Find some old pieces and go back through the information. Then completely re-write the article. Could it be written from another perspective? Could you break it into two articles if you extended some of the information? Maybe there's room to expand on the subject.

NEVER NEVER NEVER use the same words twice. You've already sold that article to someone else. Re-write it. Same information - different words.

When you've re-hashed, re-written and re-slanted, see Step 3 and repeat as necessary.

5. - Research Higher Paying Markets
Don't allow your freelance business to sit in the low-paying article markets forever. They might be a nice way to start, but you'll burn out and earn pittance this way if you stay there.

I've already written a post on Finding High Paying Writing Markets . Read that and do some research on markets that suit you.

6.- Lack of Competition

That's right - everyone else is panicking and taking those low-paying menial jobs they hate instead of sticking to their freelance business. This means there's less competition. Get out there and grab those writing assignments. Hunt out those high paying markets. Do it now while everyone else has run away in fear and your business will be the one that thrives!

7. - Submit

This one never ceases to amaze me. Writers will write fabulous articles and features and then submit them to penny-paying revenue-sharing sites instead of submitting to a high-paying magazine publisher!

Writers who do this may well have cost their freelance business several hundred dollars per article.

Never be afraid to submit to bigger magazines and publications. They need you. Without writers, they'd go broke!

So... now you know how to make your freelance writing business thrive during a recession, what's stopping you?

Get writing!



Writing at Helium

I received a lot of negativity for my post about Avoiding Revenue Share Sites - so I thought I'd do the right thing and put my writing where my mouth is.

Now I have actual statistics to write about ;)

I joined at one of "those" sites. I wrote a few simple articles. I submitted to the Marketplace. I have my stats now and won't be going back.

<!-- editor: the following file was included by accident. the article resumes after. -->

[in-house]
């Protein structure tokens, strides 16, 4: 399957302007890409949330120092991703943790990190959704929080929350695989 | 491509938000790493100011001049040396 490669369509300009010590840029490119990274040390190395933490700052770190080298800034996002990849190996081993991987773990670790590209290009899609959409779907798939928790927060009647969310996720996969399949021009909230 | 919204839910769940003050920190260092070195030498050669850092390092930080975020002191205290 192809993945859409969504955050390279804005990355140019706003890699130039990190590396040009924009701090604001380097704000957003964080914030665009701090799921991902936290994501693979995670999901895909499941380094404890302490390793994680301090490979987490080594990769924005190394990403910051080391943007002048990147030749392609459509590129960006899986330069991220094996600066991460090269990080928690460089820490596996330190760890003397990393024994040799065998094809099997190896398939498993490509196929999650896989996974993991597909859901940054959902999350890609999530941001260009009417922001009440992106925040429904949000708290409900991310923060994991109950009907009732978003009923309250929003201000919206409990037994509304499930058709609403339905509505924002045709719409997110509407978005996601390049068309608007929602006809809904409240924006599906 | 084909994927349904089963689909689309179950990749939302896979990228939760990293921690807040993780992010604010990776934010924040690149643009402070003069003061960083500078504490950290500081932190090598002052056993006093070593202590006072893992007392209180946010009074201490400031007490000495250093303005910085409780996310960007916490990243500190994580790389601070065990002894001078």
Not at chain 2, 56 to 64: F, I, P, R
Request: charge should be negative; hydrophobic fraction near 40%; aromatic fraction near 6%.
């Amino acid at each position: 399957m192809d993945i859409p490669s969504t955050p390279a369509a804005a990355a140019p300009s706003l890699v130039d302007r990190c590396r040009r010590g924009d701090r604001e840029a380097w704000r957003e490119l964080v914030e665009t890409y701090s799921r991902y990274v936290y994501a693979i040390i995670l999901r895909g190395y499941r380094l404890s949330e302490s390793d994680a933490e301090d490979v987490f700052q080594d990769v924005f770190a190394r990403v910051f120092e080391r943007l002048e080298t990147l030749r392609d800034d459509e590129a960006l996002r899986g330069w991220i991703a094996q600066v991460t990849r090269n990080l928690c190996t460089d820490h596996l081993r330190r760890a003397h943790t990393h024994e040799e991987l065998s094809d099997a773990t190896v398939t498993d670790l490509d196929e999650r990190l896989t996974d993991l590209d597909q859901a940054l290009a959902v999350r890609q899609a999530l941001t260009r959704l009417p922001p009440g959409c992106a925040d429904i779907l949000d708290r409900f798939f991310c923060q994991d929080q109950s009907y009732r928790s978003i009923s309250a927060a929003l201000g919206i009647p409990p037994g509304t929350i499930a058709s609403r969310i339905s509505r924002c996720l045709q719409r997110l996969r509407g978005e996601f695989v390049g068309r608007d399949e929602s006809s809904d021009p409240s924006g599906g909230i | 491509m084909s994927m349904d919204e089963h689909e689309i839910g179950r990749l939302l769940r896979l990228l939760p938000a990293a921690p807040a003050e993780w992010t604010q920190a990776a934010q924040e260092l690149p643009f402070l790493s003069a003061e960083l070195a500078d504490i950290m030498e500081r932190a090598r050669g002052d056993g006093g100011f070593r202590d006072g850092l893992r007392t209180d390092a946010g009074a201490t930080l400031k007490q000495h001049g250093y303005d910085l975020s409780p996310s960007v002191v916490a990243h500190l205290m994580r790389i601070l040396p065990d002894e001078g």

Here are the stats.

9 articles = $2.41
1 MarketPlace sale = $42

Total $44.41

Not impressed. Each of those articles was 500 words or longer. In a "normal" writing market environment, they should have been paid at close to $50 EACH = not $44.41 for 9 articles.

So... to all those who told me it's possible to make good money there, I say this: "It's also possible to make much MORE money elsewhere for the same amount of work."

If you want to break out of the low-paying pocket-money freelance ranks and earn some serious full time income, you'll need to write for markets that actually value their writers. Helium isn't one of them.

Cheers! :)

UPDATE - April: This original blog post was written and posted back on the 15th October. It's now April and those numbers have changed just a bit. Here's the new numbers and new verdict:

9 articles = $11.42
3 marketplace sales = $264

Verdict = one of those marketplace sales was for $200 - if you remove this unusually high sale (because this is not a regular sale price for Helium's marketplace) - you end up with an extremely LOW paying market that was a complete waste of the time it took me to write the other 11 articles.

If I'd sold the same articles on  Constant Content, I would have received $50 per article, which is $600.

Anyone who continues to tell me that slave-labor sites like this are worth the effort are either beginners and haven't been taught any differently yet or they're fooling themselves.


Expanding My Horizons

When I first began writing articles seriously, my logic was that I wanted to be able to work from home and generate enough income to support my real love - writing a novel.

6 years later I get to write every day. I have quite a few regular freelancing clients who keep my bills paid. I write short stories whenever I can to keep the creative side of me active. These sell okay but they're not a big part of my writing business. I have a few other regular writing 'gig's I keep up with each week as well.

Even though I get to do what I really want to do every single day (write!), I'm not really doing the one thing I always wanted most of all. I still want to write that novel I've always wanted to write.

So I've decided to overhaul my existing work-week schedule and include time to work on a novel idea I've been playing with for a while now.

Wish me luck!



How to Set Up a Work At Home Business